The high costs and unaffordability of the NHI proposal
There is also no clarity on what benefits the NHI will provide, how much these will cost, or how they will be funded. The White Paper nevertheless estimates that ‘total NHI costs in 2025 will be R256bn (in 2010 terms)’. This projection assumes that ‘NHI expenditure increases by 6.7% a year in real terms after 2015/16… This would take the level of public health spending from around 4% of GDP currently to 6.2% of GDP by 2025/26, assuming the economy grows at an annual rate of 3.5% of GDP’.  On this basis, the NHI funding shortfall would fall between R28bn and R108bn, depending on how fast budgeted revenues for health care were to expand. [Para 252, Table 1, Para 253, White Paper]

The Democratic Alliance (DA) and other analysts have dismissed these projections as ‘little more than a thumb-suck’. Says the DA’s Wilmot James, shadow minister of health: ‘There is no evidence in the White Paper of Treasury’s assessment of the costs; but simply a projection based on 2010 prices’. Journalist and author R W Johnson notes that the long-anticipated White Paper on the NHI was supposed to be presented together with the Treasury’s cost projections. Instead, the document was suddenly released, without the Treasury’s input, soon after the unexpected dismissal of finance minister Nhlanhla Nene. He suggests that Dr Motsoaledi ‘grabbed the chance’ to move ahead with the NHI proposal ‘at a time when the Treasury was in disarray’ and less able to resist what it has long regarded as ‘an unaffordable dream’. [Business Day 14 December 2015; R W Johnson, Where to now? Politicsweb.co.za 14 December 2015]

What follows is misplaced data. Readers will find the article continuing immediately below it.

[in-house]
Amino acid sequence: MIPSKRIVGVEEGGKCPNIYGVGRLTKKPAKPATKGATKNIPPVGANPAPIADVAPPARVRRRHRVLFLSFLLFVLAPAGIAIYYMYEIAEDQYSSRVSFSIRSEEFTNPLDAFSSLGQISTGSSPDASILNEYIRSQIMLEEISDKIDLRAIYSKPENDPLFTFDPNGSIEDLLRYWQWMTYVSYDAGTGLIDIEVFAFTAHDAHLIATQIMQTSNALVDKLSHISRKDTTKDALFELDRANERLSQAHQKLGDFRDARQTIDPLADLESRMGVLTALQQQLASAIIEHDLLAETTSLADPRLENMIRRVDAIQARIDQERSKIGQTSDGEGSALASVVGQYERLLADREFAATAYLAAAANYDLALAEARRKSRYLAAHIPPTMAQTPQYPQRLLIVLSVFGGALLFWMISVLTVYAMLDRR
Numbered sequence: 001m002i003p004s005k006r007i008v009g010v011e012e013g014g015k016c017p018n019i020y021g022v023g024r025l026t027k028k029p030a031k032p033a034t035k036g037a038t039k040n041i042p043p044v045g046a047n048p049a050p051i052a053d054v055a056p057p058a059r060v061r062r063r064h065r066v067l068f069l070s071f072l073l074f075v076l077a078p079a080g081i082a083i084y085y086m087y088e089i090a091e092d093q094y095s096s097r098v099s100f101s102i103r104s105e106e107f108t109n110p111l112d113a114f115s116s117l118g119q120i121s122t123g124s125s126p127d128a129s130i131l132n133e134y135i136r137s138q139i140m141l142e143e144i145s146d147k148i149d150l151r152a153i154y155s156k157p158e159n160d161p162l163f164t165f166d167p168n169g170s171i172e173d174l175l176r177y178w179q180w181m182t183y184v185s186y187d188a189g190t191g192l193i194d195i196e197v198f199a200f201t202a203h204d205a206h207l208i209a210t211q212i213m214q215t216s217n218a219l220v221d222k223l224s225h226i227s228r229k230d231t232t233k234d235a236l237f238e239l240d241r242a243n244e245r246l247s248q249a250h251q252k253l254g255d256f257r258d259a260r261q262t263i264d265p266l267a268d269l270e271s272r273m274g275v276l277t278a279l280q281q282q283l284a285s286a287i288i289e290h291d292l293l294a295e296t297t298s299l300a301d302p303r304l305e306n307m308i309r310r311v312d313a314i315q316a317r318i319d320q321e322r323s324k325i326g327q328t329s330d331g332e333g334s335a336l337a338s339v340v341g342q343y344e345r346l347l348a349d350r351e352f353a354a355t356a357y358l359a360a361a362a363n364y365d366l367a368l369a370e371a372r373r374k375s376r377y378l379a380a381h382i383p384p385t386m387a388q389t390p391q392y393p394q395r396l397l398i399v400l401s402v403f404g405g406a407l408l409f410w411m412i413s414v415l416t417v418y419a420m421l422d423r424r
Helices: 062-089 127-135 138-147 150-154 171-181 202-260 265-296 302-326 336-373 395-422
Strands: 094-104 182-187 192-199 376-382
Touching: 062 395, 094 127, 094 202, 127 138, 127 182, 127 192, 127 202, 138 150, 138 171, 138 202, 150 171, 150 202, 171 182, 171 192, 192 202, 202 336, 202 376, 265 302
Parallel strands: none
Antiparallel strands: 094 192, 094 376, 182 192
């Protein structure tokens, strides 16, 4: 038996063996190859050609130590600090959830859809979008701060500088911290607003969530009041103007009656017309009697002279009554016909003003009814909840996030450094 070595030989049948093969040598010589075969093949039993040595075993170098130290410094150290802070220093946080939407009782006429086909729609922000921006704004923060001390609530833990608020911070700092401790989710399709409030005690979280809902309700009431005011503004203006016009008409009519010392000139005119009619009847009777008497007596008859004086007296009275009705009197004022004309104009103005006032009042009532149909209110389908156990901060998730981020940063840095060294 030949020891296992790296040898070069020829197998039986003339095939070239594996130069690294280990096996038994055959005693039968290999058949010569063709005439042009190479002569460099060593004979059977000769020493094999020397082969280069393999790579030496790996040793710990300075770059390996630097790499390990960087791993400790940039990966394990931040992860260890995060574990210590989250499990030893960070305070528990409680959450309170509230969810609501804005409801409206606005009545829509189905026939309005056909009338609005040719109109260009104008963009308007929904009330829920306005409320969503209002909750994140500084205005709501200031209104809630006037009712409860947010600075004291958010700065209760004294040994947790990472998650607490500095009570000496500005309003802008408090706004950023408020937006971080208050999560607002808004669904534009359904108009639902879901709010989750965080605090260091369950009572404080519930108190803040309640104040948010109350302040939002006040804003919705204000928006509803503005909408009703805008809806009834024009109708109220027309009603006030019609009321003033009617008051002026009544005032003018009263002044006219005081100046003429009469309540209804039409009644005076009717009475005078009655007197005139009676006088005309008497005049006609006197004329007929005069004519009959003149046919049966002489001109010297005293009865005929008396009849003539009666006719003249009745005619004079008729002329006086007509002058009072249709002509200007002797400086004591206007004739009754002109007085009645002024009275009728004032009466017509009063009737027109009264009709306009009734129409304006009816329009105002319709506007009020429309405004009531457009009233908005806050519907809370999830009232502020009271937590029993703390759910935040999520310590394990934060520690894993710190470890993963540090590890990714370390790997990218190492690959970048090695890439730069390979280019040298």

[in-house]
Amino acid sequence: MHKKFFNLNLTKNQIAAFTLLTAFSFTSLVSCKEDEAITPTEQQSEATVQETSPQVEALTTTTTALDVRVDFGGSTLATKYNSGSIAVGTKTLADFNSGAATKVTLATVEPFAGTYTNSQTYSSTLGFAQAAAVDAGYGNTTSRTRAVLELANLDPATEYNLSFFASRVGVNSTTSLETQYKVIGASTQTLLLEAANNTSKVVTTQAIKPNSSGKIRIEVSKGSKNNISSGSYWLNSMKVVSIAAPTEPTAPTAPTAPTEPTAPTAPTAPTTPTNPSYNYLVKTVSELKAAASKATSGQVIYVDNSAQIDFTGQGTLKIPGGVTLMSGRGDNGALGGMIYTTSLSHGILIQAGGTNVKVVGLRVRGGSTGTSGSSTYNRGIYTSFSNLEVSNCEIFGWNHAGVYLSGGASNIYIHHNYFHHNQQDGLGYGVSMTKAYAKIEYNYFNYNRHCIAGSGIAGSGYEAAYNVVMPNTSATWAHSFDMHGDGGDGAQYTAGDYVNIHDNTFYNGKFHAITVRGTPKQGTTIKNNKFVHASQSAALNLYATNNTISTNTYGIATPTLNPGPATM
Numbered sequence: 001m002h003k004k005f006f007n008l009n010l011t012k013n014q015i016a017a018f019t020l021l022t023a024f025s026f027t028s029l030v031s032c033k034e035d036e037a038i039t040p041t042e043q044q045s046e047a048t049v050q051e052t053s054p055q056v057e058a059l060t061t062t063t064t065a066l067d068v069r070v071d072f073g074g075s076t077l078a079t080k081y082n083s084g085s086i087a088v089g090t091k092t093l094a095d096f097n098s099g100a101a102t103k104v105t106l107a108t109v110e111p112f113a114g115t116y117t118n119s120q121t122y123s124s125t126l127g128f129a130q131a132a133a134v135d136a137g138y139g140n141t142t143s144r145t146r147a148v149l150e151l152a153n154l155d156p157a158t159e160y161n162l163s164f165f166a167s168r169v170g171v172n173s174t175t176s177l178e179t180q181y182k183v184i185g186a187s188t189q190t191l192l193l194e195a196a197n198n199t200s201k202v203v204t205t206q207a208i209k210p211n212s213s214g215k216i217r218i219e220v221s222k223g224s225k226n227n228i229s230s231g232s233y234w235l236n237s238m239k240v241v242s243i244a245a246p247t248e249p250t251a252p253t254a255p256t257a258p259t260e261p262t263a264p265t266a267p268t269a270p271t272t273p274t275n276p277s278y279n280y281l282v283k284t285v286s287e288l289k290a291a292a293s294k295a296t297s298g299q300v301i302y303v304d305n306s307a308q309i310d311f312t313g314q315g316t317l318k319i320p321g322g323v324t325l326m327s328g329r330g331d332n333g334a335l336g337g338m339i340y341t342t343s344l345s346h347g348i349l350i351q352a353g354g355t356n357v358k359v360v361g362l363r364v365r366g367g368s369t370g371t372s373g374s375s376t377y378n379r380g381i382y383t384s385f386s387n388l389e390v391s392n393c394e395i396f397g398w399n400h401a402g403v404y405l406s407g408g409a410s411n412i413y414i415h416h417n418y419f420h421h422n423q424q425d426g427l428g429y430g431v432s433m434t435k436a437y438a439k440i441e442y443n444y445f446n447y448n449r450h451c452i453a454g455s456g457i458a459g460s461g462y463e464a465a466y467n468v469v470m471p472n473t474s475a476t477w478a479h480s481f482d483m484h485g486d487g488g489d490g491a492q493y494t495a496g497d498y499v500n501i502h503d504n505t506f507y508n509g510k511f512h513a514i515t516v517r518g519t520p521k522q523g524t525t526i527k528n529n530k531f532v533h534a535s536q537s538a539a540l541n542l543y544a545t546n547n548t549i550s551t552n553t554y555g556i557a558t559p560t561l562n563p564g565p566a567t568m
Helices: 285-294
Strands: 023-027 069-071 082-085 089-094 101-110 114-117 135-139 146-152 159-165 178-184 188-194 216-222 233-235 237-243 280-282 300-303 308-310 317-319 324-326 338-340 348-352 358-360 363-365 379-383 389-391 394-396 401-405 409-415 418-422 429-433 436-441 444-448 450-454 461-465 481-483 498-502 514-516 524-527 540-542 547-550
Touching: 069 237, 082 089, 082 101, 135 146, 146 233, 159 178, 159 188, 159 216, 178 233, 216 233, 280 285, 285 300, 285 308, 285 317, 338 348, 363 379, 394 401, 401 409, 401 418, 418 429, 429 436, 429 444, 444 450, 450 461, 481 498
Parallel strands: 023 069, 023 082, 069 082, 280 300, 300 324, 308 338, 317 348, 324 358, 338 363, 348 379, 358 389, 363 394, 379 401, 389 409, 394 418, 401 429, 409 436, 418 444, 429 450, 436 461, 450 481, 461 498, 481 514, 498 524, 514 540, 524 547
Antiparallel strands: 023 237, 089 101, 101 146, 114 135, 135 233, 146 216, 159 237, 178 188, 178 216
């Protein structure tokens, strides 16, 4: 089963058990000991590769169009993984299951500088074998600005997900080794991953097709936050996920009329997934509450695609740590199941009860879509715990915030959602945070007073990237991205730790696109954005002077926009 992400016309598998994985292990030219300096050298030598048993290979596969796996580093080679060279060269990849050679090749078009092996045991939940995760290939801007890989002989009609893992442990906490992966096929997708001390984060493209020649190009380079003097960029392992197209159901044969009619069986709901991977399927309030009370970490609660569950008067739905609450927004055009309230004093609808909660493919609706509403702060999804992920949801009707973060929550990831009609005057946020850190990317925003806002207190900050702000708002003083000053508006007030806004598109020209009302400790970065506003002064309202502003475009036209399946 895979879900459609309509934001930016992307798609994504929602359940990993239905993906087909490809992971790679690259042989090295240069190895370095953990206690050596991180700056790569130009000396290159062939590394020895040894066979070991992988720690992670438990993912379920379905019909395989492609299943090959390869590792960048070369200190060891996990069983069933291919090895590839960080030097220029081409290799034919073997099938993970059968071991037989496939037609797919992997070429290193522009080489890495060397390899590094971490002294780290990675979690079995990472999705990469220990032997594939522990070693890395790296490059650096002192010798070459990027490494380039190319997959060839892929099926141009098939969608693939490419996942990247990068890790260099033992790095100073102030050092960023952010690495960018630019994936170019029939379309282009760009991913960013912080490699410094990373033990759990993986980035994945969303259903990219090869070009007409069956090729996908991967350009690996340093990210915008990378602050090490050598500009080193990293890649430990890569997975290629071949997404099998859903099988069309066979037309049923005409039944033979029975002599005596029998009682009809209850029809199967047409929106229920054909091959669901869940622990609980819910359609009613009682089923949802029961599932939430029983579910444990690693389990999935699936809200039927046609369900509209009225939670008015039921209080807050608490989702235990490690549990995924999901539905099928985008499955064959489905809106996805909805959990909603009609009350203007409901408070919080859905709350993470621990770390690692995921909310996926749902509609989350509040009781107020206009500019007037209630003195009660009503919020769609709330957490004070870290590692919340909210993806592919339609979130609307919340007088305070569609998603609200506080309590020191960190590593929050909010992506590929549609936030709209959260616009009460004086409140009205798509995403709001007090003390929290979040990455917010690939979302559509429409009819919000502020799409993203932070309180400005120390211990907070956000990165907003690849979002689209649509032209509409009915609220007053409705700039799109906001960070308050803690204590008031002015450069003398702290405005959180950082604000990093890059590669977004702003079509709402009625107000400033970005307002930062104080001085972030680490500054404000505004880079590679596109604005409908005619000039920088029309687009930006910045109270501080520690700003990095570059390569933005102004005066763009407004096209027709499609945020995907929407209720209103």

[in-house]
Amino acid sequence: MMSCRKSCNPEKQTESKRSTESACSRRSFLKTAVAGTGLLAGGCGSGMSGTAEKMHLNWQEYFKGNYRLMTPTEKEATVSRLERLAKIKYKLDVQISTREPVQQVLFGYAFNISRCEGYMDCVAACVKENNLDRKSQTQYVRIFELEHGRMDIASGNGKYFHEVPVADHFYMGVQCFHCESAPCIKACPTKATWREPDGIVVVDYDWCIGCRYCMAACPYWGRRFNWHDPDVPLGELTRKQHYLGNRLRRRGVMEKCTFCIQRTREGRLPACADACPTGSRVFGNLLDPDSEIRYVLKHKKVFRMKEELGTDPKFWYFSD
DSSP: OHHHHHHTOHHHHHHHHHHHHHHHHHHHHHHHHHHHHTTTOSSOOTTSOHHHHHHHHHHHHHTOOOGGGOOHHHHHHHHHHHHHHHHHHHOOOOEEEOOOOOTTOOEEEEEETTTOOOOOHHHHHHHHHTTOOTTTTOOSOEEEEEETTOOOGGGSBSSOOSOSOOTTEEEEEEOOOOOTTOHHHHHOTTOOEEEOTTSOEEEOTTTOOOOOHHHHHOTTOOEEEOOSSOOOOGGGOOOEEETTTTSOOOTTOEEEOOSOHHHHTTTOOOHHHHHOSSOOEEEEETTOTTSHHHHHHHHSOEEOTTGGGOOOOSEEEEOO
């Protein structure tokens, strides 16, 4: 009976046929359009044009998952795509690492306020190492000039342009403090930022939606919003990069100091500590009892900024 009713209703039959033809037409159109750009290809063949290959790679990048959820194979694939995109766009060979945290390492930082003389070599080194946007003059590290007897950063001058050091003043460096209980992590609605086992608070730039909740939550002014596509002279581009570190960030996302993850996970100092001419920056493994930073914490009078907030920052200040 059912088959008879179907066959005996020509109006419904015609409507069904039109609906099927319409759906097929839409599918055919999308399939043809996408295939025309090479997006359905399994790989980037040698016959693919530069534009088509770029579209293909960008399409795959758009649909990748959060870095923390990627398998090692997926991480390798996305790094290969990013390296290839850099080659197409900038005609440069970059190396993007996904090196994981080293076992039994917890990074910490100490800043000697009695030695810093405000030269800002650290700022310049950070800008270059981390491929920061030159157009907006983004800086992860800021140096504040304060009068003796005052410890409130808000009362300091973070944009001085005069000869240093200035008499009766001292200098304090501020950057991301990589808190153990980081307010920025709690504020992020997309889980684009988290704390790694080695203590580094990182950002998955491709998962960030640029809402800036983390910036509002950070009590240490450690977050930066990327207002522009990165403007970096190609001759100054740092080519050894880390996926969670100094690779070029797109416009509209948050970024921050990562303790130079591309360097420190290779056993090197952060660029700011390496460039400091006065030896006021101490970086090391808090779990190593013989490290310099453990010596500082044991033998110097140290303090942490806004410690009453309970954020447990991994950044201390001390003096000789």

In these circumstances, the cost estimate put forward in the White Paper lacks credibility. It also seems unrealistic. Back in 2009, when the ANC released a 200-page discussion document on the NHI, Dr Jonathan Broomberg, chief executive at Discovery, said: ‘If the NHI were to provide the current package of benefits provided to the average member of a medical scheme to the entire population, this would cost about R497bn, equivalent to 20% of GDP (at present the fiscus spends 3.5% of GDP on health).’ If cover were to be limited to the prescribed minimum benefits (PMBs) laid down by the government, this too would cost far more than the White Paper estimates. At present, medical schemes need around R600 per person per month to cover the PMBs. On this basis, the cost of providing these benefits to 55 million South Africans, in 2025 alone, will be R396bn rather than R256bn. [The Star 3 June 2009, Business Day 29 July 2015, Mail & Guardian 22 January 2015]

Unless GDP grows significantly – which is unlikely with the country standing on the brink of credit downgrades and recession – R396bn would amount to roughly 10% of GDP. This cost estimate also fails to take into account the cost of the large bureaucracy the White Paper proposes to implement the NHI. It also overlooks the potential for fraud, corruption, inflated prices for medical supplies, and general inefficiency – all of which could raise NHI costs still higher.